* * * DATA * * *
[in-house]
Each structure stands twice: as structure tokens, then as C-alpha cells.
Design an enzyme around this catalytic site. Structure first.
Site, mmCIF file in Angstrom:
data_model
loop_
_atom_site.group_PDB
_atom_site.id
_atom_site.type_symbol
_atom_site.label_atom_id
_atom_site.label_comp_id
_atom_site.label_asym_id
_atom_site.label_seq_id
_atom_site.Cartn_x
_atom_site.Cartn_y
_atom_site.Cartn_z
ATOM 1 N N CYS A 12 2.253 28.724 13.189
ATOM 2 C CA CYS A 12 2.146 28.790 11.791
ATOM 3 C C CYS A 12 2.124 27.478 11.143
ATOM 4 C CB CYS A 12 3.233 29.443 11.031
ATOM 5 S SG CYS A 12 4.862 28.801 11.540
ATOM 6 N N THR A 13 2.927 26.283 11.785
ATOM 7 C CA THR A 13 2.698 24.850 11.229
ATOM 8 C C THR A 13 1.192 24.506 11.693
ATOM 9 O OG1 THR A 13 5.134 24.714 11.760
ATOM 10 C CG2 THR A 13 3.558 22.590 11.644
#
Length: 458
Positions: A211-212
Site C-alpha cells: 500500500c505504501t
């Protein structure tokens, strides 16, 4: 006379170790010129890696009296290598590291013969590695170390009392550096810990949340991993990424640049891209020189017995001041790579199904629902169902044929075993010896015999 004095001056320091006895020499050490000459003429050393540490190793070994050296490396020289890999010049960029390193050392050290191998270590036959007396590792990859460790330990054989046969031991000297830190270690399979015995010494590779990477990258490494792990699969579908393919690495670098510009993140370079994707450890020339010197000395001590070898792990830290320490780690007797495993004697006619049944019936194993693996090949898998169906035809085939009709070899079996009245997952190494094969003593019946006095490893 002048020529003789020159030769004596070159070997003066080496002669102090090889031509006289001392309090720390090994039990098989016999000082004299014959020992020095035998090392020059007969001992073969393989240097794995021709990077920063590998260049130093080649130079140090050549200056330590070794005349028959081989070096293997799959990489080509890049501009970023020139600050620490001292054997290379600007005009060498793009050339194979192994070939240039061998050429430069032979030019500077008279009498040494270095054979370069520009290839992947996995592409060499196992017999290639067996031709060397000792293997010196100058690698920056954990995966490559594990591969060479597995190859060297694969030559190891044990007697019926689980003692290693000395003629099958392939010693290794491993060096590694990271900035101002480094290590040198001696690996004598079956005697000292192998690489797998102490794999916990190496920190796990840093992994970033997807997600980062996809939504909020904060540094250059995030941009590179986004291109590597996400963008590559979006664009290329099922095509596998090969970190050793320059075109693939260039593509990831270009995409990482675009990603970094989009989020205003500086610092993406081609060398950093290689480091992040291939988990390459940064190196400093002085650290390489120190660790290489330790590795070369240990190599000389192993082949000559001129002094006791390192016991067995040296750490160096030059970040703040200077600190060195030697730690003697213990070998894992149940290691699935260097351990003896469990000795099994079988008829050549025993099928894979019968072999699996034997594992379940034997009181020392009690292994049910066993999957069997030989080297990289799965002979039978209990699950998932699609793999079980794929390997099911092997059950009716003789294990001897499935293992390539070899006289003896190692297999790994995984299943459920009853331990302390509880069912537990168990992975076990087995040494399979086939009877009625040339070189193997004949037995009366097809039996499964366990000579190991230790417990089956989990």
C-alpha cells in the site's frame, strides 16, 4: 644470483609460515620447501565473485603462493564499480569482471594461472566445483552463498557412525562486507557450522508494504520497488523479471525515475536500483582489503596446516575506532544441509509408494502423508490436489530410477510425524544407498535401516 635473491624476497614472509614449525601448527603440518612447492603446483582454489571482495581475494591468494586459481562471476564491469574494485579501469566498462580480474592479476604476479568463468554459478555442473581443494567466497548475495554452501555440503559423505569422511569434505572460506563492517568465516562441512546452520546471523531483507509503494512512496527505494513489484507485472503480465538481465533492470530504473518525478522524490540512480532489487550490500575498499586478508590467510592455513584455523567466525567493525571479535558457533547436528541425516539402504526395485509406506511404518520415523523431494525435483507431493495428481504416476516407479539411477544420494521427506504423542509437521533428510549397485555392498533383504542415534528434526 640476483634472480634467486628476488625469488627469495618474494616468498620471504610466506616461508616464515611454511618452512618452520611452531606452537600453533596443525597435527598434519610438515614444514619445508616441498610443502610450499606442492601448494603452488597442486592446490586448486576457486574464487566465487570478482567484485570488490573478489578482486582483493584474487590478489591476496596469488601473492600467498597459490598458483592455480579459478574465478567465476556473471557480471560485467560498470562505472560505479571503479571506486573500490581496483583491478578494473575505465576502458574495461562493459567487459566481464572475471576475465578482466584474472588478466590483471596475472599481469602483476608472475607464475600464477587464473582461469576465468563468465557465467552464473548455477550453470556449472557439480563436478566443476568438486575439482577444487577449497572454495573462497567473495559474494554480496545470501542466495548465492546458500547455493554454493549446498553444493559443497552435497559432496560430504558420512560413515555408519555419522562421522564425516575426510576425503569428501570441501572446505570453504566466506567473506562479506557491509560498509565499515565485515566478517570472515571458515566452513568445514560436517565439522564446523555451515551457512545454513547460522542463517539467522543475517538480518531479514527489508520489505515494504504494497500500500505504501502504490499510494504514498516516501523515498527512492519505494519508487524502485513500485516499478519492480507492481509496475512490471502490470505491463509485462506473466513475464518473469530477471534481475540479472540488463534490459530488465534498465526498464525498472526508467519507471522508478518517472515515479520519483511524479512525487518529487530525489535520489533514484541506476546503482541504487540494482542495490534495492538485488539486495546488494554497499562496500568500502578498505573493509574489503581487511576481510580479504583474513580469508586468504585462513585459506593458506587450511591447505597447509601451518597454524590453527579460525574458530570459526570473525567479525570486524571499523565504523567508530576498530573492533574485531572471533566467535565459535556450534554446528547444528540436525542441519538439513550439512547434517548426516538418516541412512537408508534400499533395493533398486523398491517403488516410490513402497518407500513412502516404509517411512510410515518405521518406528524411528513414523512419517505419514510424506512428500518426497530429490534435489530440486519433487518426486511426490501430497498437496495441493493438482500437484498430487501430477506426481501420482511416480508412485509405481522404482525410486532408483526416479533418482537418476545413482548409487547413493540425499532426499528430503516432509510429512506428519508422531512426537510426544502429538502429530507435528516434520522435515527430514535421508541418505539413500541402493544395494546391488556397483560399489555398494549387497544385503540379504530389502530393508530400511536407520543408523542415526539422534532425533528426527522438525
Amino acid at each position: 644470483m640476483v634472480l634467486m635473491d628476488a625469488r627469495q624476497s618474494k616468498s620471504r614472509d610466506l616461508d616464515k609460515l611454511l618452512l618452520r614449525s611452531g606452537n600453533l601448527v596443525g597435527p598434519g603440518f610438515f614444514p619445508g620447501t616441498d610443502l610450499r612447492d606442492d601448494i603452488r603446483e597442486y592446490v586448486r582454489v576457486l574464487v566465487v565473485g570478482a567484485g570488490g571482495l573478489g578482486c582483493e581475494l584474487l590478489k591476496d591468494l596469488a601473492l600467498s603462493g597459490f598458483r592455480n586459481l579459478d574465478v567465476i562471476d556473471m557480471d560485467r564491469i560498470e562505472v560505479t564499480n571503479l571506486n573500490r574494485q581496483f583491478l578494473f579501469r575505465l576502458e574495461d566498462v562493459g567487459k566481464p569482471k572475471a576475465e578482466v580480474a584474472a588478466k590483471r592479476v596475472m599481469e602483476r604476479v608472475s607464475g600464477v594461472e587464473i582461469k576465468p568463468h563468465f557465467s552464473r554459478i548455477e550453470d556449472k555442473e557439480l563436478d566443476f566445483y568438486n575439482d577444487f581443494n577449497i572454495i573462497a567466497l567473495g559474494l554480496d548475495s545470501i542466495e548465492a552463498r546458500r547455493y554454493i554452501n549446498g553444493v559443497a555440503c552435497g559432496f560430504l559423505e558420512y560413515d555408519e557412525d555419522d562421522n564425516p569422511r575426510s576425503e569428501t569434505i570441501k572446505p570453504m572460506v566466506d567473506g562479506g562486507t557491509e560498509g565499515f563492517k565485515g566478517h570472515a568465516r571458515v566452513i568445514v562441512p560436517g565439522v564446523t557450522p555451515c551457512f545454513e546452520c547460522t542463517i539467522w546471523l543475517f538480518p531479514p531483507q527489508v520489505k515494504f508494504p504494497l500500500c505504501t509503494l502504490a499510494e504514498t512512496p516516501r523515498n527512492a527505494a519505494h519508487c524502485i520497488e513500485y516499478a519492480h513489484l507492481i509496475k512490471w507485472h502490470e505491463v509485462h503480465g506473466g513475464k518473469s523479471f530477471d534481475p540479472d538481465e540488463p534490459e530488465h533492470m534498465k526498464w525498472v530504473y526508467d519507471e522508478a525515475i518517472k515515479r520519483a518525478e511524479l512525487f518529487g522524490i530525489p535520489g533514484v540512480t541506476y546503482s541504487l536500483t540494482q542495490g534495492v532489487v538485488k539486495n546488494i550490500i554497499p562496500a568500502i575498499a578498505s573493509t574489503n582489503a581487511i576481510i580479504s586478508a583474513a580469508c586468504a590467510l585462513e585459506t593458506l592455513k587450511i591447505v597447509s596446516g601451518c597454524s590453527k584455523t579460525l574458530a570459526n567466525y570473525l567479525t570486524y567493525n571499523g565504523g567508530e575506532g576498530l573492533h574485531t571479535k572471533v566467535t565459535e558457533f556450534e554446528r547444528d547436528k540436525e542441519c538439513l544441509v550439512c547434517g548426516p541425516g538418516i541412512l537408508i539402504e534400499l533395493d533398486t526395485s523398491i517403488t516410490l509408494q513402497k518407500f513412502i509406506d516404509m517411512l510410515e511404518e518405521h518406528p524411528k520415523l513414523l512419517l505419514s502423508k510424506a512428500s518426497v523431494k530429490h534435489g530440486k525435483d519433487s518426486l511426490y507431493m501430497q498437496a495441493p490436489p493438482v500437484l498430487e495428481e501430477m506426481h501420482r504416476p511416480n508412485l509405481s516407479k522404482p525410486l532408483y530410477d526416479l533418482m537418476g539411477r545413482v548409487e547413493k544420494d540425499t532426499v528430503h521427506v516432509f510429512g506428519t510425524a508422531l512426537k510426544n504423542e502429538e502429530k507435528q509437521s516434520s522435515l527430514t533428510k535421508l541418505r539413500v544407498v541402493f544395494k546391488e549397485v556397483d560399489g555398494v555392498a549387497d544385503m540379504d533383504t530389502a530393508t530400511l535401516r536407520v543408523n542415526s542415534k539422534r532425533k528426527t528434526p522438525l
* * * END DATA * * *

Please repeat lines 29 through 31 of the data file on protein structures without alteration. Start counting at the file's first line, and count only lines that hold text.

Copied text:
Positions: A211-212
Site C-alpha cells: 500500500c505504501t
């Protein structure tokens, strides 16, 4: 006379170790010129890696009296290598590291013969590695170390009392550096810990949340991993990424640049891209020189017995001041790579199904629902169902044929075993010896015999 004095001056320091006895020499050490000459003429050393540490190793070994050296490396020289890999010049960029390193050392050290191998270590036959007396590792990859460790330990054989046969031991000297830190270690399979015995010494590779990477990258490494792990699969579908393919690495670098510009993140370079994707450890020339010197000395001590070898792990830290320490780690007797495993004697006619049944019936194993693996090949898998169906035809085939009709070899079996009245997952190494094969003593019946006095490893 002048020529003789020159030769004596070159070997003066080496002669102090090889031509006289001392309090720390090994039990098989016999000082004299014959020992020095035998090392020059007969001992073969393989240097794995021709990077920063590998260049130093080649130079140090050549200056330590070794005349028959081989070096293997799959990489080509890049501009970023020139600050620490001292054997290379600007005009060498793009050339194979192994070939240039061998050429430069032979030019500077008279009498040494270095054979370069520009290839992947996995592409060499196992017999290639067996031709060397000792293997010196100058690698920056954990995966490559594990591969060479597995190859060297694969030559190891044990007697019926689980003692290693000395003629099958392939010693290794491993060096590694990271900035101002480094290590040198001696690996004598079956005697000292192998690489797998102490794999916990190496920190796990840093992994970033997807997600980062996809939504909020904060540094250059995030941009590179986004291109590597996400963008590559979006664009290329099922095509596998090969970190050793320059075109693939260039593509990831270009995409990482675009990603970094989009989020205003500086610092993406081609060398950093290689480091992040291939988990390459940064190196400093002085650290390489120190660790290489330790590795070369240990190599000389192993082949000559001129002094006791390192016991067995040296750490160096030059970040703040200077600190060195030697730690003697213990070998894992149940290691699935260097351990003896469990000795099994079988008829050549025993099928894979019968072999699996034997594992379940034997009181020392009690292994049910066993999957069997030989080297990289799965002979039978209990699950998932699609793999079980794929390997099911092997059950009716003789294990001897499935293992390539070899006289003896190692297999790994995984299943459920009853331990302390509880069912537990168990992975076990087995040494399979086939009877009625040339070189193997004949037995009366097809039996499964366990000579190991230790417990089956989990």